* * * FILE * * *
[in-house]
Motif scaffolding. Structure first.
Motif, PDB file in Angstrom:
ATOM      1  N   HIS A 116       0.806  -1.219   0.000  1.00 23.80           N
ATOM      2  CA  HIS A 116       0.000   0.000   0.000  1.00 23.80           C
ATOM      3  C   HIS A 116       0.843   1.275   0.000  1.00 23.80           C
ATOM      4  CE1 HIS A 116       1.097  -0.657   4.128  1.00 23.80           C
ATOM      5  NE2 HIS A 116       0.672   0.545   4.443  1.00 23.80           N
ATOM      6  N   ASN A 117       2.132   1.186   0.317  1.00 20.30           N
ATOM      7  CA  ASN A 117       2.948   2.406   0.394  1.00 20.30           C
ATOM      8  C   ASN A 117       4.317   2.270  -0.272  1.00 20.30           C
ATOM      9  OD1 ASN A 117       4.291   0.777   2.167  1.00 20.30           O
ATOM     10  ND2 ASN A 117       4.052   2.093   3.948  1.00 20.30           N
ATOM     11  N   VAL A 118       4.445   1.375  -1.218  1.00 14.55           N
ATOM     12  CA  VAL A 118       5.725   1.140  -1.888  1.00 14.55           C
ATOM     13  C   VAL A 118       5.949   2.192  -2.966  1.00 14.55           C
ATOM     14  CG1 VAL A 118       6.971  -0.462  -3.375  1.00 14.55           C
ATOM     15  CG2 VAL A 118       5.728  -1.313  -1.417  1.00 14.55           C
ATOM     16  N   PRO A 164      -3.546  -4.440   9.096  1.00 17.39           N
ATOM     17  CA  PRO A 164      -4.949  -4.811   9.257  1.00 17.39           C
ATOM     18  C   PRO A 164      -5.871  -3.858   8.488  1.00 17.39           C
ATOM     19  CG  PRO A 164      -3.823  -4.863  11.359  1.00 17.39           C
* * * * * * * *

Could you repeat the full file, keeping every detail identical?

[in-house]
Motif scaffolding. Structure first.
Motif, PDB file in Angstrom:
ATOM      1  N   HIS A 116       0.806  -1.219   0.000  1.00 23.80           N
ATOM      2  CA  HIS A 116       0.000   0.000   0.000  1.00 23.80           C
ATOM      3  C   HIS A 116       0.843   1.275   0.000  1.00 23.80           C
ATOM      4  CE1 HIS A 116       1.097  -0.657   4.128  1.00 23.80           C
ATOM      5  NE2 HIS A 116       0.672   0.545   4.443  1.00 23.80           N
ATOM      6  N   ASN A 117       2.132   1.186   0.317  1.00 20.30           N
ATOM      7  CA  ASN A 117       2.948   2.406   0.394  1.00 20.30           C
ATOM      8  C   ASN A 117       4.317   2.270  -0.272  1.00 20.30           C
ATOM      9  OD1 ASN A 117       4.291   0.777   2.167  1.00 20.30           O
ATOM     10  ND2 ASN A 117       4.052   2.093   3.948  1.00 20.30           N
ATOM     11  N   VAL A 118       4.445   1.375  -1.218  1.00 14.55           N
ATOM     12  CA  VAL A 118       5.725   1.140  -1.888  1.00 14.55           C
ATOM     13  C   VAL A 118       5.949   2.192  -2.966  1.00 14.55           C
ATOM     14  CG1 VAL A 118       6.971  -0.462  -3.375  1.00 14.55           C
ATOM     15  CG2 VAL A 118       5.728  -1.313  -1.417  1.00 14.55           C
ATOM     16  N   PRO A 164      -3.546  -4.440   9.096  1.00 17.39           N
ATOM     17  CA  PRO A 164      -4.949  -4.811   9.257  1.00 17.39           C
ATOM     18  C   PRO A 164      -5.871  -3.858   8.488  1.00 17.39           C
ATOM     19  CG  PRO A 164      -3.823  -4.863  11.359  1.00 17.39           C